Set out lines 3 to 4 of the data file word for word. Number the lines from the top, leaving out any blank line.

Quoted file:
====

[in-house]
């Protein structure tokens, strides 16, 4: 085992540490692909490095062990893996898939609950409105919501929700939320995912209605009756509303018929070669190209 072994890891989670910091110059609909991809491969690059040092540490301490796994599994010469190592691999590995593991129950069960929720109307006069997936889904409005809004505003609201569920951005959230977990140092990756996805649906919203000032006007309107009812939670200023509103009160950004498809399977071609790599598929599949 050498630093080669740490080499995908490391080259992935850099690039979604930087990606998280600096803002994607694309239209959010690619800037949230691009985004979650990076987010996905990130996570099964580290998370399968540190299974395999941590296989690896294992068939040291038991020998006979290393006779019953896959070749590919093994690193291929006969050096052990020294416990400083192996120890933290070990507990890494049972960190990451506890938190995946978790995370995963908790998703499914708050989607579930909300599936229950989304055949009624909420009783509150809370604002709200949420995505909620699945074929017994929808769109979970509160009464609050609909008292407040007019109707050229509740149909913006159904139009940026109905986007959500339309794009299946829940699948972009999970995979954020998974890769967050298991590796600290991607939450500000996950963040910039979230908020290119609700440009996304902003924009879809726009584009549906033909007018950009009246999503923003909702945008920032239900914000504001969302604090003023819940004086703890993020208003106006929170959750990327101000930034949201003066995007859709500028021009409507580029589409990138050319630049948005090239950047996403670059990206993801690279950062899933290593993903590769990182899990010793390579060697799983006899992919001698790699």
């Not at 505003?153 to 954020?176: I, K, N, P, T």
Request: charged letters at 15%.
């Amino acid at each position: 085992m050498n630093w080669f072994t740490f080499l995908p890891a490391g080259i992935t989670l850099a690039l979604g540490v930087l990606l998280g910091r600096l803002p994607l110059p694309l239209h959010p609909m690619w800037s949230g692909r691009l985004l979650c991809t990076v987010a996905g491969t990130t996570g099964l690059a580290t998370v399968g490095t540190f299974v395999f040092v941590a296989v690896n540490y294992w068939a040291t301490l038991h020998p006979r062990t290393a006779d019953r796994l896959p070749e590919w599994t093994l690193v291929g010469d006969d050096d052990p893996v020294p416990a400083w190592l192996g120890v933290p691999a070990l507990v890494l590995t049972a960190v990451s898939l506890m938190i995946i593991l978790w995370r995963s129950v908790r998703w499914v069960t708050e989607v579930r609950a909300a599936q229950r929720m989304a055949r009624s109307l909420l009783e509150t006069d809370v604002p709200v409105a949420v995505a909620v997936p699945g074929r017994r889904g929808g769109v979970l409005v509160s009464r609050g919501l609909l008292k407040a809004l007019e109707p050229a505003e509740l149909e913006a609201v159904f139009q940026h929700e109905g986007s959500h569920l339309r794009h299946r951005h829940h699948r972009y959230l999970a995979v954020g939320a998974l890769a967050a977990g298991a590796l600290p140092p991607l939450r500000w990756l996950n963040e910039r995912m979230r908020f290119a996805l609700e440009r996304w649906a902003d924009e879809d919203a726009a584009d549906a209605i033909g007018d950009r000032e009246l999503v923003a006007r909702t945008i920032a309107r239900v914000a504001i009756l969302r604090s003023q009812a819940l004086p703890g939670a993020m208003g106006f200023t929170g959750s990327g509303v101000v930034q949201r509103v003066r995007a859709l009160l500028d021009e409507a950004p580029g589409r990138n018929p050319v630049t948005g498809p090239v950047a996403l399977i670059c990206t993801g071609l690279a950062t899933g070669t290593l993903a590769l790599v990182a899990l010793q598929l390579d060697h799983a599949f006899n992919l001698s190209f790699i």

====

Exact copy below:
């Not at 505003?153 to 954020?176: I, K, N, P, T």
Request: charged letters at 15%.